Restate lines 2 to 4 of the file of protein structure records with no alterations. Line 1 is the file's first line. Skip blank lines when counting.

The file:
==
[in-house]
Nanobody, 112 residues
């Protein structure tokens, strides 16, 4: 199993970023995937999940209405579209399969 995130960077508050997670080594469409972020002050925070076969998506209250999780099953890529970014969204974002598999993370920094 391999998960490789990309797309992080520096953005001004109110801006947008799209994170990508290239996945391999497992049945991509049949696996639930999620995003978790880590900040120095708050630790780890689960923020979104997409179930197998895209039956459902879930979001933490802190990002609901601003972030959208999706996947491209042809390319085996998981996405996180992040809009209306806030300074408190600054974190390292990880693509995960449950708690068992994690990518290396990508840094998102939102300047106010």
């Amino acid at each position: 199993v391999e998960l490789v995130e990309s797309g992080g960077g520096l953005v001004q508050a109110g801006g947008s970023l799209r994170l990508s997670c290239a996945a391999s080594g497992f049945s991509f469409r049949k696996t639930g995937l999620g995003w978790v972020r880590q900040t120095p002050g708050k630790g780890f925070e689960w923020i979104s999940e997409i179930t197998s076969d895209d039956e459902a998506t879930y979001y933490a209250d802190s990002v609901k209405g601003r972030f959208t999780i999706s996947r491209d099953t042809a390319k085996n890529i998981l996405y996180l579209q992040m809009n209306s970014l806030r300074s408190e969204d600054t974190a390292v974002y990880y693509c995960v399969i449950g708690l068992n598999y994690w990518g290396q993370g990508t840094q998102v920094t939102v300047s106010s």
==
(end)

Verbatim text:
Nanobody, 112 residues
């Protein structure tokens, strides 16, 4: 199993970023995937999940209405579209399969 995130960077508050997670080594469409972020002050925070076969998506209250999780099953890529970014969204974002598999993370920094 391999998960490789990309797309992080520096953005001004109110801006947008799209994170990508290239996945391999497992049945991509049949696996639930999620995003978790880590900040120095708050630790780890689960923020979104997409179930197998895209039956459902879930979001933490802190990002609901601003972030959208999706996947491209042809390319085996998981996405996180992040809009209306806030300074408190600054974190390292990880693509995960449950708690068992994690990518290396990508840094998102939102300047106010």
């Amino acid at each position: 199993v391999e998960l490789v995130e990309s797309g992080g960077g520096l953005v001004q508050a109110g801006g947008s970023l799209r994170l990508s997670c290239a996945a391999s080594g497992f049945s991509f469409r049949k696996t639930g995937l999620g995003w978790v972020r880590q900040t120095p002050g708050k630790g780890f925070e689960w923020i979104s999940e997409i179930t197998s076969d895209d039956e459902a998506t879930y979001y933490a209250d802190s990002v609901k209405g601003r972030f959208t999780i999706s996947r491209d099953t042809a390319k085996n890529i998981l996405y996180l579209q992040m809009n209306s970014l806030r300074s408190e969204d600054t974190a390292v974002y990880y693509c995960v399969i449950g708690l068992n598999y994690w990518g290396q993370g990508t840094q998102v920094t939102v300047s106010s």